March 1943 - October 1945
This website could not have been created
without the help of survivors -- most of whom were children during World War
II -- of Weihsien Concentration Camp in Shantung Province, China.
These documents, paintings, sketches, texts and memories have been assembled here for a better understanding of what we endured for so many long days in 1943, 1944 and 1945.
Children are often the innocent victims of the various and incomprehensible conflicts originated by "grown-ups." This is as true today as it was then -- all over the world.
Leopold Pander, (ex-prisoner of Weihsien and 4 years old in 1945 ---)
Located two miles east of Weihsien,
the American Presbyterian Compound in Weihsien was known by the Chinese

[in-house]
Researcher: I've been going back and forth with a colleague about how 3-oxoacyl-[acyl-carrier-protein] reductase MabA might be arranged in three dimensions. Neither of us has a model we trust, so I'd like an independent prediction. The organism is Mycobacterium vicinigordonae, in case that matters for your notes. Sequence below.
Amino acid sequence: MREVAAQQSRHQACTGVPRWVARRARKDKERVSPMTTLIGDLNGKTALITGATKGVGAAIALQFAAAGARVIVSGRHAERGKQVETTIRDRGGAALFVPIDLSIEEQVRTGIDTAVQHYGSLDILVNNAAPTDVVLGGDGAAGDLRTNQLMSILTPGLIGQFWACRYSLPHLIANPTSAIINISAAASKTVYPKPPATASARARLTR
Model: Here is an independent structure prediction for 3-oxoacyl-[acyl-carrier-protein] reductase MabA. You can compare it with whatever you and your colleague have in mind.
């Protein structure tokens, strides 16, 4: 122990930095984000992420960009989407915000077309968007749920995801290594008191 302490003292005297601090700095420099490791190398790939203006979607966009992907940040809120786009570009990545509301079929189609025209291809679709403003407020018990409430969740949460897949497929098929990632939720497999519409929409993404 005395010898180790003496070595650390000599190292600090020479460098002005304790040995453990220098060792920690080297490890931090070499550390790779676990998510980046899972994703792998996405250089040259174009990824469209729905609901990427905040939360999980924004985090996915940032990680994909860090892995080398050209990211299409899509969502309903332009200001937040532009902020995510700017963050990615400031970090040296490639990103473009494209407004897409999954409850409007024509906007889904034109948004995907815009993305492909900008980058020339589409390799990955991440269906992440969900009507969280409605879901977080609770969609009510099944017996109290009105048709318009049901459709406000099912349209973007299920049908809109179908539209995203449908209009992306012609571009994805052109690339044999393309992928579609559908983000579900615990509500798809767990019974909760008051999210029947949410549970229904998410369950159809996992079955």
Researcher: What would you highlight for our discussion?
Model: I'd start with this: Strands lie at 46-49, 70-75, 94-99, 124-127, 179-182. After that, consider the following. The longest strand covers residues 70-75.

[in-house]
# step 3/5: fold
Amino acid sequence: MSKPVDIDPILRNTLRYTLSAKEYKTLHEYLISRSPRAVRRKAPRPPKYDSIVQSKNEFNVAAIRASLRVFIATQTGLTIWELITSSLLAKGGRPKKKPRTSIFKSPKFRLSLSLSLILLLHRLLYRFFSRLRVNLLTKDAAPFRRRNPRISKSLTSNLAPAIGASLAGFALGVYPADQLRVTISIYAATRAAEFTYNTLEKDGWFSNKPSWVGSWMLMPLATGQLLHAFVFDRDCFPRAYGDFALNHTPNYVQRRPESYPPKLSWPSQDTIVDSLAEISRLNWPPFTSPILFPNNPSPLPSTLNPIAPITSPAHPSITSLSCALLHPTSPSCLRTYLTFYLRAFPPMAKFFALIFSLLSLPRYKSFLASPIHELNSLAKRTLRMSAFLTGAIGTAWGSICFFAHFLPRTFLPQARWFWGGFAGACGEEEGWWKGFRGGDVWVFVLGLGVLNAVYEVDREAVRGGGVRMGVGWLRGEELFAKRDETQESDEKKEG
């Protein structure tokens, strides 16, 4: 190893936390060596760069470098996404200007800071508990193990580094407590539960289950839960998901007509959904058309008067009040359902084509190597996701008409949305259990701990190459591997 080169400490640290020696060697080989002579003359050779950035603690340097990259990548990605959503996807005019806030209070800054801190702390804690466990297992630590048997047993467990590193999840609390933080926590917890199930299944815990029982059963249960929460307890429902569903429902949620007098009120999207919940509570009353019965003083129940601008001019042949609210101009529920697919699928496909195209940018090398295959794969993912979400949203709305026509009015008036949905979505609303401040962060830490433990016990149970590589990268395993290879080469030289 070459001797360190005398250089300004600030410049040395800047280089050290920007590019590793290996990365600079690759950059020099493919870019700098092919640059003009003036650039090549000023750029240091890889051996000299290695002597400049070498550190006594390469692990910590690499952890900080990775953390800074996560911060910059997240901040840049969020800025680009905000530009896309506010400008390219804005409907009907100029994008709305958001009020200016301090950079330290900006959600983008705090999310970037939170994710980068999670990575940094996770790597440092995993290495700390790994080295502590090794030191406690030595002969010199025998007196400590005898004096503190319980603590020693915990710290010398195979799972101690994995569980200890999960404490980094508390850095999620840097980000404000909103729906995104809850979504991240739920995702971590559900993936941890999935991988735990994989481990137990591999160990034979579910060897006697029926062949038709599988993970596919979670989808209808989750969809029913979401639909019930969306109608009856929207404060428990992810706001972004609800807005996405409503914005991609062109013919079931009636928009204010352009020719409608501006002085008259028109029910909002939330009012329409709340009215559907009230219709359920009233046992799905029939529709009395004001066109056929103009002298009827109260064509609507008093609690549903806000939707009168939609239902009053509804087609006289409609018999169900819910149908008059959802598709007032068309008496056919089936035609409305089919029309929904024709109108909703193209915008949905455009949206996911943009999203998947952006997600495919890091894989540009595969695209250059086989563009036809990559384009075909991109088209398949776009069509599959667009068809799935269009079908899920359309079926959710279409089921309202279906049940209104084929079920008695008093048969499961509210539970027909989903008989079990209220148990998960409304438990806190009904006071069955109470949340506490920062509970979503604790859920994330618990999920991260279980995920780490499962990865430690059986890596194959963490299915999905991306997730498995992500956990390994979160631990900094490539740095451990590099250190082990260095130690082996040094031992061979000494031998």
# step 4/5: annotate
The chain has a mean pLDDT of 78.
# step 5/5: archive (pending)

name of "Courtyard of the Happy Way." Its Shadyside Hospital,
constructed in 1924, was considered one of the best constructed mission
hospitals in North China. However, by the time internees arrived, all
useable equipment had been looted or carried off. Student dormitories,
consisting of rows and rows of rooms, as well as large buildings originally
used as classrooms and libraries, housed the internees. One of the largest
camps in China, Weihsien housed, at one time or another, almost 2,250
internees. Two internees who escaped provided information on the camp
to OSS operatives in Chungking, while remaining in the vicinity of the
camp with Nationalist guerillas. At the end of the war Weihsien was the
scene of an exciting drama when a seven member OSS team parachuted near
the camp and were welcomed by the overjoyed internees. Afterwards, Chinese
Communist guerilla activity prevented the evacuation of the camp. After
an initial group was removed by rail to Tsingtao, the railway line was
blown up. Internees were finally airlifted out by Army Air Force planes.
Click here to
read Stanley Camp